With a potential Iranian nuclear agreement in the cards, Arkansas Sen. Tom Cotton told “The Hugh Hewitt Show” Monday any U.S. senator who votes for the deal is putting “their political fate in the hands of the Ayatollah.”
Cotton, who has been one of the more outspoken opponents to a potential bad deal with the Iranians, also argued that “this is not just any old vote,” telling the host if Iran gets a nuclear weapon, “the American people will want to know who supported the deal.”
HUGH HEWITT: All right, so I’m hoping you’ll make this argument, or somebody will. It’s important that the debate begin in the Senate, not in the House, because it’s a harder vote for senators to vote in favor of this deal, and Kristol and I both agreed it ought to be up or down. It ought to be framed are you for it or against it, so that a yes vote means yes to Iran, and a no vote means no to Iran, but that it start in the Senate, not in the House, because it’s easier for Democrats in gerrymandered districts to vote for this thing. It’s harder for senators to do so. Do you think it will start in the Senate?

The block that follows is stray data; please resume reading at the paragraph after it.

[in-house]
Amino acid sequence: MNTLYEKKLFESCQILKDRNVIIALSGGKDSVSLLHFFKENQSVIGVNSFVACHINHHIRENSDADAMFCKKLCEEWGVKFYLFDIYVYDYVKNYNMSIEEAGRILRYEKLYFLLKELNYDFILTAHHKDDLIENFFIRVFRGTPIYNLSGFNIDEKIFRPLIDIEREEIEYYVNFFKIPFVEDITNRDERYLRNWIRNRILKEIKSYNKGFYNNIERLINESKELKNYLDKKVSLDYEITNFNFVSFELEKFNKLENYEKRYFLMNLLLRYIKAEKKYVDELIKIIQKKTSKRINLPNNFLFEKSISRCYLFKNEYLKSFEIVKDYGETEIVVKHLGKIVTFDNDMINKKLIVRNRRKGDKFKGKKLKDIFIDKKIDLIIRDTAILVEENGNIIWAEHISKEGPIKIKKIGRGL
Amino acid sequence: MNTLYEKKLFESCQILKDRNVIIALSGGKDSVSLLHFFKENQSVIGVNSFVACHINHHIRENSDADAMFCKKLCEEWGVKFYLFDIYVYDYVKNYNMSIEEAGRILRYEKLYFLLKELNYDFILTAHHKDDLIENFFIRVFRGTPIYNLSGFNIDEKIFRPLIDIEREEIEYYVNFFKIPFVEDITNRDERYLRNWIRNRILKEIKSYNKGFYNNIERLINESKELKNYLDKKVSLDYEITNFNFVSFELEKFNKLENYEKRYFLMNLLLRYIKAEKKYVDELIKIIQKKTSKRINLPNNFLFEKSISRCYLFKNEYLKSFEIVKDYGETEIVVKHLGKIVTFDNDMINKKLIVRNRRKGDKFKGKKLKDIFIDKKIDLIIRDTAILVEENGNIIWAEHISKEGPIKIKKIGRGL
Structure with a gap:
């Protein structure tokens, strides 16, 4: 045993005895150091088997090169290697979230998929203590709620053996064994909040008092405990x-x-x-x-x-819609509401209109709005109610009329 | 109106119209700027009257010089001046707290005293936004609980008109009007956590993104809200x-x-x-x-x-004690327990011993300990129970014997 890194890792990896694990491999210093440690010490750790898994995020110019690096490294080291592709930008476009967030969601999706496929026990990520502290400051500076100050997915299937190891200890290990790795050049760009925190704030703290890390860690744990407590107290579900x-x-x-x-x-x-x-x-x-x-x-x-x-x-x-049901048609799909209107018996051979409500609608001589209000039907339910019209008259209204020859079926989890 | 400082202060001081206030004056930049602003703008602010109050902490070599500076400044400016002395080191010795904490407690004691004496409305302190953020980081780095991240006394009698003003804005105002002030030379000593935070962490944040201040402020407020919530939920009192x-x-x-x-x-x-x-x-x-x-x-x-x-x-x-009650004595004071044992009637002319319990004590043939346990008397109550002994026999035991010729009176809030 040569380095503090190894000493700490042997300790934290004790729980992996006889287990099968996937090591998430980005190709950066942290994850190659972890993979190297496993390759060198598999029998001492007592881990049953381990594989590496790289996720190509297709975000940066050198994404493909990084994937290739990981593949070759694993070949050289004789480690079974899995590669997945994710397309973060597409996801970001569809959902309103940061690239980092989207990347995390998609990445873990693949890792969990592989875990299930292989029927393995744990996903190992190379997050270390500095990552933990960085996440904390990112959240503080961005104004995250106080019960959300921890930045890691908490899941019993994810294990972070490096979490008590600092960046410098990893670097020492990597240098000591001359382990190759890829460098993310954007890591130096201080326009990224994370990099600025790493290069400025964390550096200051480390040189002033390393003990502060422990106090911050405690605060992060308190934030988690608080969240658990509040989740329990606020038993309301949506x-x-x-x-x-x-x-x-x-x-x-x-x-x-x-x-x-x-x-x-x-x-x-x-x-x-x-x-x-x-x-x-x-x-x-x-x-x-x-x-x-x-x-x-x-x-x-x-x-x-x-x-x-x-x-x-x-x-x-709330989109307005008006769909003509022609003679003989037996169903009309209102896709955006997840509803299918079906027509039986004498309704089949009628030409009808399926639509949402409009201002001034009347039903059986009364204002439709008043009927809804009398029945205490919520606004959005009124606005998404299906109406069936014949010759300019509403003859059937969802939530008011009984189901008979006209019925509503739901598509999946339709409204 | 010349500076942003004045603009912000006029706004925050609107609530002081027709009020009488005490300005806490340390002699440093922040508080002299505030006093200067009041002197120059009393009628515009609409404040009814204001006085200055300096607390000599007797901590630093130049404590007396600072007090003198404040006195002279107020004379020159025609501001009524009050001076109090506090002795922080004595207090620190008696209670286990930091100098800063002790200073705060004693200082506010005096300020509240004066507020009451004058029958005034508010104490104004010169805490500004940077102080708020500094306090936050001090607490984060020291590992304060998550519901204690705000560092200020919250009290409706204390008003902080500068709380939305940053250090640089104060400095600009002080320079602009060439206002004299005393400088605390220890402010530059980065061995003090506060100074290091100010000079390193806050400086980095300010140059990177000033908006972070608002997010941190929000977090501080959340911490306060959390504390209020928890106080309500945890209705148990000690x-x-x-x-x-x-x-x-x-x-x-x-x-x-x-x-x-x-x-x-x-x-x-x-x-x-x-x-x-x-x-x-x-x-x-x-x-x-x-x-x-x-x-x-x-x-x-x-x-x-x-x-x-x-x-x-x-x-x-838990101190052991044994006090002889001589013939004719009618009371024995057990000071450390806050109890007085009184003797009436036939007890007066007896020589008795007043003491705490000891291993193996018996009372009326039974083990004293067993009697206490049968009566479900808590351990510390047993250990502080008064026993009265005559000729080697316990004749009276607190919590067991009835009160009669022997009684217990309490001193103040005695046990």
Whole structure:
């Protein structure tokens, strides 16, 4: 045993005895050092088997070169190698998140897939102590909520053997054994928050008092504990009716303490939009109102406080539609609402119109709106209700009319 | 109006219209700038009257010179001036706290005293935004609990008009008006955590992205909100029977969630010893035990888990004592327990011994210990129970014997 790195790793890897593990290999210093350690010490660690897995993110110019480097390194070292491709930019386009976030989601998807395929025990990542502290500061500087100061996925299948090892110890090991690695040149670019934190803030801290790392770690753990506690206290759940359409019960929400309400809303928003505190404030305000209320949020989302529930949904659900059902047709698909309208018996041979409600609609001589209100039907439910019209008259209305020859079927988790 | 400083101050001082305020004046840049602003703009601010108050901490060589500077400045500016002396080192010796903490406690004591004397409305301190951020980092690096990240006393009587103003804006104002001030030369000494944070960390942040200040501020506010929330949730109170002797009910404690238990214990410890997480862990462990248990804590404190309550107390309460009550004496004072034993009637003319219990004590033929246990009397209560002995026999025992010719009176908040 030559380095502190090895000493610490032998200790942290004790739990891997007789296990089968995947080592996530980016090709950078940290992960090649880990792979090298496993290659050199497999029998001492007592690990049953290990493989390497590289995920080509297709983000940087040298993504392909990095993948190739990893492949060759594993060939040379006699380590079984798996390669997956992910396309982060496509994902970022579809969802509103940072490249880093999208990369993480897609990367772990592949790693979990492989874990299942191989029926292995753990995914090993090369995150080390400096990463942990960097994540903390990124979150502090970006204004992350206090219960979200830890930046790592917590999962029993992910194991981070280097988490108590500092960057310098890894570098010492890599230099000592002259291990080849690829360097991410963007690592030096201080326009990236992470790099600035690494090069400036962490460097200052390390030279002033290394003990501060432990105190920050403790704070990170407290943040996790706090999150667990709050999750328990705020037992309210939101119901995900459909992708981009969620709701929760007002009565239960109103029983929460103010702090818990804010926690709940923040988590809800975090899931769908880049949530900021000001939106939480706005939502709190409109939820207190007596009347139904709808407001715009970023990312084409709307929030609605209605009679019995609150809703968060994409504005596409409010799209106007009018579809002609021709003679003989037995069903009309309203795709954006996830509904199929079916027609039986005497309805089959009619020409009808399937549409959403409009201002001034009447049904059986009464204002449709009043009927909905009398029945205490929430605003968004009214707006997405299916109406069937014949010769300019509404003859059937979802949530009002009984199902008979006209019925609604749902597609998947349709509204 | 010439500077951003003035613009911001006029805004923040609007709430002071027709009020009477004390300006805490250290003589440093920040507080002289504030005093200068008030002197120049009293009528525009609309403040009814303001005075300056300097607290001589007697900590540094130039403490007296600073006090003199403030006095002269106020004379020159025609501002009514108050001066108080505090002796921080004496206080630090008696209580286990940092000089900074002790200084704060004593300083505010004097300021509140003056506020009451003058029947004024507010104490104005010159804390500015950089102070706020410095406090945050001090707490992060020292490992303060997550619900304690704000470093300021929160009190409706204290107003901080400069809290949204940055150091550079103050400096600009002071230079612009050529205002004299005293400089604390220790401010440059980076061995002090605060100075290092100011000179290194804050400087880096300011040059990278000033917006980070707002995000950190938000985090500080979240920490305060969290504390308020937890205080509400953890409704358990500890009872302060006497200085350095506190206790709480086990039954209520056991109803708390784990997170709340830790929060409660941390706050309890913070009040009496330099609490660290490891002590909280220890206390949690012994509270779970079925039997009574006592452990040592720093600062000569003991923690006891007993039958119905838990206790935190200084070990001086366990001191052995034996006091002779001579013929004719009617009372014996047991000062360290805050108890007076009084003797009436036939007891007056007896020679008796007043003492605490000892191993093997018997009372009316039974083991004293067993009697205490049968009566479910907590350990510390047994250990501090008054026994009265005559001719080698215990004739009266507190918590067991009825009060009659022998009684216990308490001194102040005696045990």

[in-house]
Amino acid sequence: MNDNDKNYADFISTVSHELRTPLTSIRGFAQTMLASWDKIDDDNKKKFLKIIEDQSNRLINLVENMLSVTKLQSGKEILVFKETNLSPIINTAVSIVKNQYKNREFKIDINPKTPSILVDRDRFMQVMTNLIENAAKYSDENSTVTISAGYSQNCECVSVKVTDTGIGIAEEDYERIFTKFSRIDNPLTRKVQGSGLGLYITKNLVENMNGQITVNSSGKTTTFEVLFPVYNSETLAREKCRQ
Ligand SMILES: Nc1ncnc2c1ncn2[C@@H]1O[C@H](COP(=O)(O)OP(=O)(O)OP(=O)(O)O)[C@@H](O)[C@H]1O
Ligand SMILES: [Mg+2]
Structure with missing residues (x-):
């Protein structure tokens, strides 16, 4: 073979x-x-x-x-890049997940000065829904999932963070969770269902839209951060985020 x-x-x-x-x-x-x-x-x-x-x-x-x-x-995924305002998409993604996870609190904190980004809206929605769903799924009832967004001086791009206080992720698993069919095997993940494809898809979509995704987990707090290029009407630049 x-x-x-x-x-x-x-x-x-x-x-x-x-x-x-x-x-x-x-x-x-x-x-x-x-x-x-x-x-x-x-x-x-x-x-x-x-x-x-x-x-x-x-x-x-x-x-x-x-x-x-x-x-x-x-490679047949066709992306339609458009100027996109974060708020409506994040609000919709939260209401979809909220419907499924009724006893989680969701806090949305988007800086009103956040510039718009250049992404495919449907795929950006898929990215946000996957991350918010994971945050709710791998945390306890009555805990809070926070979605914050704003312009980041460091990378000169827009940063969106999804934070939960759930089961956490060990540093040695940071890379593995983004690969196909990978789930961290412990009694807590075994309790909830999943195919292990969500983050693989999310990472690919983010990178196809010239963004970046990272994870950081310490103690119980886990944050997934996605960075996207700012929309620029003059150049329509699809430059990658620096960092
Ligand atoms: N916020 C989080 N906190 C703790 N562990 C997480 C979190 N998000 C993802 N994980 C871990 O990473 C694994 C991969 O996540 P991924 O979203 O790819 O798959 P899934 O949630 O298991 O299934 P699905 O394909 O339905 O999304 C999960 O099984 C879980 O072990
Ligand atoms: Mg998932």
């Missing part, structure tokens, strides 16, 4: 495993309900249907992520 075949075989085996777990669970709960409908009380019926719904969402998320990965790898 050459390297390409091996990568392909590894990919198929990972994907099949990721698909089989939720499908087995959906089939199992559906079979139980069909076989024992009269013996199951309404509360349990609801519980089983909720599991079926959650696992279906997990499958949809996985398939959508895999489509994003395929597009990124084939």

TOM COTTON: I suspect we’ll take up consideration promptly in the Senate, Hugh, but you should also think about the political consequences of this vote, because I can assure you senators and congressmen are thinking about it. This is not just any old vote. This is not like a vote for, say, higher taxes, or Democrats, you know, you wanted a little bit more money coming into the government, you’re going to face an attack ad or two next year, and then it’s all going to be water under the bridge. Any congressman or senator who votes for this deal is voting to put their political fate in the hands of the Ayatollah for the rest of his or her life in the public spotlight, because if Iran gets a nuclear weapon in a year, or five years, or 10 years, the American people will want to know who supported the deal that gave them that nuclear weapon. And they will hold that person accountable. So that’s what every Democrat congressman and senator is going to be thinking about when they present this very dangerous deal to the Congress that they reach in Vienna.